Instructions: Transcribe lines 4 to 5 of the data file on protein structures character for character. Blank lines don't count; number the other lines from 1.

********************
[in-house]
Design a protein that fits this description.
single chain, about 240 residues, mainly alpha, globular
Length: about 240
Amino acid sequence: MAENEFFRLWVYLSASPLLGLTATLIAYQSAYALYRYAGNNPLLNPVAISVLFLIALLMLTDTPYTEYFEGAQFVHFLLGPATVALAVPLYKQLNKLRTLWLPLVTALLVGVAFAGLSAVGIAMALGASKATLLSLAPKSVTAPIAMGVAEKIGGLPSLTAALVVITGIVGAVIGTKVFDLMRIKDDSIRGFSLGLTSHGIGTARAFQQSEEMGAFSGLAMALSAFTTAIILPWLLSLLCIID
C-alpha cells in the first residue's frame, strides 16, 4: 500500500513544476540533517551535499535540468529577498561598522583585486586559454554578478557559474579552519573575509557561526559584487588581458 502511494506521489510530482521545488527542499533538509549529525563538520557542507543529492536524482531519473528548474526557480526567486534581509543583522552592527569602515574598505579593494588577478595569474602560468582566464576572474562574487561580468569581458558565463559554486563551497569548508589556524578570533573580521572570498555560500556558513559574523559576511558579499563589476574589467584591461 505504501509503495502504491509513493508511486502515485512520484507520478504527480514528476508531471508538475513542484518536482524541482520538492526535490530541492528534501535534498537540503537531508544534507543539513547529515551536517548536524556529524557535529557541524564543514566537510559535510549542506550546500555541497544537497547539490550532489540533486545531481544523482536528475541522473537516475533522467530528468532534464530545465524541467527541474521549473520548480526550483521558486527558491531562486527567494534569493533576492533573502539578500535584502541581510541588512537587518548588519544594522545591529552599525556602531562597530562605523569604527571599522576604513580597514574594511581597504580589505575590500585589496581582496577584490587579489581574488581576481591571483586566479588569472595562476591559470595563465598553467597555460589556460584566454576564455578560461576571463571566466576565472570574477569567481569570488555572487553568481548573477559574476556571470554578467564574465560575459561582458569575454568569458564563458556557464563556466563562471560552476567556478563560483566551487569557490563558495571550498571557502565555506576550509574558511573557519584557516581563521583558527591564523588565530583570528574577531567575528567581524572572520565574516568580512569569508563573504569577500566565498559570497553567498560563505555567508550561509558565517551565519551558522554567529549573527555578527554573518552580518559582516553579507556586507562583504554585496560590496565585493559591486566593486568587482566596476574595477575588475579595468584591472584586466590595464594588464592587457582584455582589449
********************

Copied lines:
Length: about 240
Amino acid sequence: MAENEFFRLWVYLSASPLLGLTATLIAYQSAYALYRYAGNNPLLNPVAISVLFLIALLMLTDTPYTEYFEGAQFVHFLLGPATVALAVPLYKQLNKLRTLWLPLVTALLVGVAFAGLSAVGIAMALGASKATLLSLAPKSVTAPIAMGVAEKIGGLPSLTAALVVITGIVGAVIGTKVFDLMRIKDDSIRGFSLGLTSHGIGTARAFQQSEEMGAFSGLAMALSAFTTAIILPWLLSLLCIID